This article explains how adult students who then return to the school part or full time for professional degrees enter with the expectations that what they may learn now could enhance their knowledge of the field of work they may be in. The practices they see at their workplace, and their own self-understanding in relation to society and the work they have chosen to do. One’s own self-understanding in relation to society and the work they have chosen to do. So, even with this external motivation, they are also intrinsically motivated to learn.
This article breaks down the individual chacterisitics, work environment, and the academic work environment associated with the education of an adult learner. Our purpose was to describe the learning experiences of adult part-time master’s students, who are rarely the focus of research. It is anticipated that an understanding of their experiences could be a contribution to the literature, providing an example of a novel approach to not only describing what happened, but also the perceived value of a graduate degree. Findings could inform classroom practices and, at the same time, provide a richer understanding of the personal lives and work environments that impact learning and the transfer of learning to the workplace of these part-time adult students.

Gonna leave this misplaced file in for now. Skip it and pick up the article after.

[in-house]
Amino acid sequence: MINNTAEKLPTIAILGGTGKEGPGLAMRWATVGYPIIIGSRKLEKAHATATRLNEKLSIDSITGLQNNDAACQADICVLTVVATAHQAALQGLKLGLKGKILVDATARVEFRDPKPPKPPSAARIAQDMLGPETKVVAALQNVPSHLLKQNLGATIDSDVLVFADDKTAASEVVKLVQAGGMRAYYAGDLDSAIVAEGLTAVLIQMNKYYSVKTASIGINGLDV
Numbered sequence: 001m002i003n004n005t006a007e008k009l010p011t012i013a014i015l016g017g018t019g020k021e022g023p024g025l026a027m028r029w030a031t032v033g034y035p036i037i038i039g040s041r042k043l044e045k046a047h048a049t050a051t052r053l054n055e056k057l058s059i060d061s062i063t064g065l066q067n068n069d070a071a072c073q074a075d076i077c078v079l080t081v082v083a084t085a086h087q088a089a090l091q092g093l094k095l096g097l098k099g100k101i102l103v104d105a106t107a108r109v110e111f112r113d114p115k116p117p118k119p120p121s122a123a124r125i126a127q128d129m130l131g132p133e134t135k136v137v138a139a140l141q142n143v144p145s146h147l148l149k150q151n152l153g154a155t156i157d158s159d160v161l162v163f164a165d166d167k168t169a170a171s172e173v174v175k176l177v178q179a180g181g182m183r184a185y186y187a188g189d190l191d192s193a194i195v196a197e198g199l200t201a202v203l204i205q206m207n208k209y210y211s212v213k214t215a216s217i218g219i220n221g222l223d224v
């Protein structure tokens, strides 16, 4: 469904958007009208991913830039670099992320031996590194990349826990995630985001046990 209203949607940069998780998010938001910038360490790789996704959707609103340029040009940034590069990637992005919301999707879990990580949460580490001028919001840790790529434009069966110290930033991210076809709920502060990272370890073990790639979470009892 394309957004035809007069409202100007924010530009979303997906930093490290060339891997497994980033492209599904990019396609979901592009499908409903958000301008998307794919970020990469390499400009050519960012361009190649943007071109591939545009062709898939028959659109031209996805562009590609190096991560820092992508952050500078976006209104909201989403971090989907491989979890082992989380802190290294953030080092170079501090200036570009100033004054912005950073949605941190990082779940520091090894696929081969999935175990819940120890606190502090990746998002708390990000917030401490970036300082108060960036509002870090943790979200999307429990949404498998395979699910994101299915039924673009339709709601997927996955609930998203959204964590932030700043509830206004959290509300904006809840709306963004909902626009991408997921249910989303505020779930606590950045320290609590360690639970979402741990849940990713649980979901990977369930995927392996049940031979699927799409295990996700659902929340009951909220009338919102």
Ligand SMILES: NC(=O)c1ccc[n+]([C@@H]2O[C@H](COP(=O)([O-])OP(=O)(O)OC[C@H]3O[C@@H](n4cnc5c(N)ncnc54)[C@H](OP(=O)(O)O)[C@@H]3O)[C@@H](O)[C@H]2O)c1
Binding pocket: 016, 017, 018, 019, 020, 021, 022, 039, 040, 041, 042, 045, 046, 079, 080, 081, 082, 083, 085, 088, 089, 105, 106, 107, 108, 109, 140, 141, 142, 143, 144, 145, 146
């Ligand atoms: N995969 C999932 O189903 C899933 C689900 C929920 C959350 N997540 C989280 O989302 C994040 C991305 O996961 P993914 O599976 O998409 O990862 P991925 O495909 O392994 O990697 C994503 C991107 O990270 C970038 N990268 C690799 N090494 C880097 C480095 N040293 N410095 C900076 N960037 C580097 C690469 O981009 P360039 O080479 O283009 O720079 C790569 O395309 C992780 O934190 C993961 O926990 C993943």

When it comes to an individual there are many chartericits that tie into the impact that this learning skill has. Personal Relevance is guidelines for the transfer of training have been developed in relation to learner characteristics. Cheng and Ho (1998) suggested that locus of control and self-efficacy was vital to the transfer of learning from organizational training programs. They also found that individuals with high job involvement and strong career planning were more likely to use what they learned back on their jobs. In another study, it was a need to know that led to individuals’ quest for applying what was learned to the workplace, as well as a need to learn to persuade others to change (Lim & Johnson, 2002). Adults come to the academic classroom with a wide variety of experiences that impact both their motivation to learn as well as how they prefer to learn.
Typically, motivation to learn among adults in higher education is strong. They typically have strong preferences as to what they want to learn, how they want to learn, and appreciate those learning environments in which the instructor treats them as adults, following them opportunities to use and share their experiences in problem analysis or by offering options as to assignments
And work-group composition (McKeachie & Svinicki, 2006). Many researchers have explained the role and experience by emphasizing the role of reflection in the learning process. When adults reflect on their experiences, they are making meaning of them. Experiences by themselves are not learning opportunities, unless we think about them and evaluate them (Brookfield, 1987). The academic learning environment has been defined as the actual classroom facilities and technology support (Chism, 2002; Mackeracher, 2004), but it is also includes the campus itself—for example, its library, cultural, and recreational facilities. Moreover, faculty as well as classmates (McKeachie & Svinicki, 2006) and university support staff contribute to the overall learning experience
Being an adult learner has a lot to do with how what you may learn in the classroom can relate back to the workplace and vise verse. Content relevance means that what is being learned in the classroom has relevancy back at the workplace. The curriculum for the development of professionals must be relevant to those who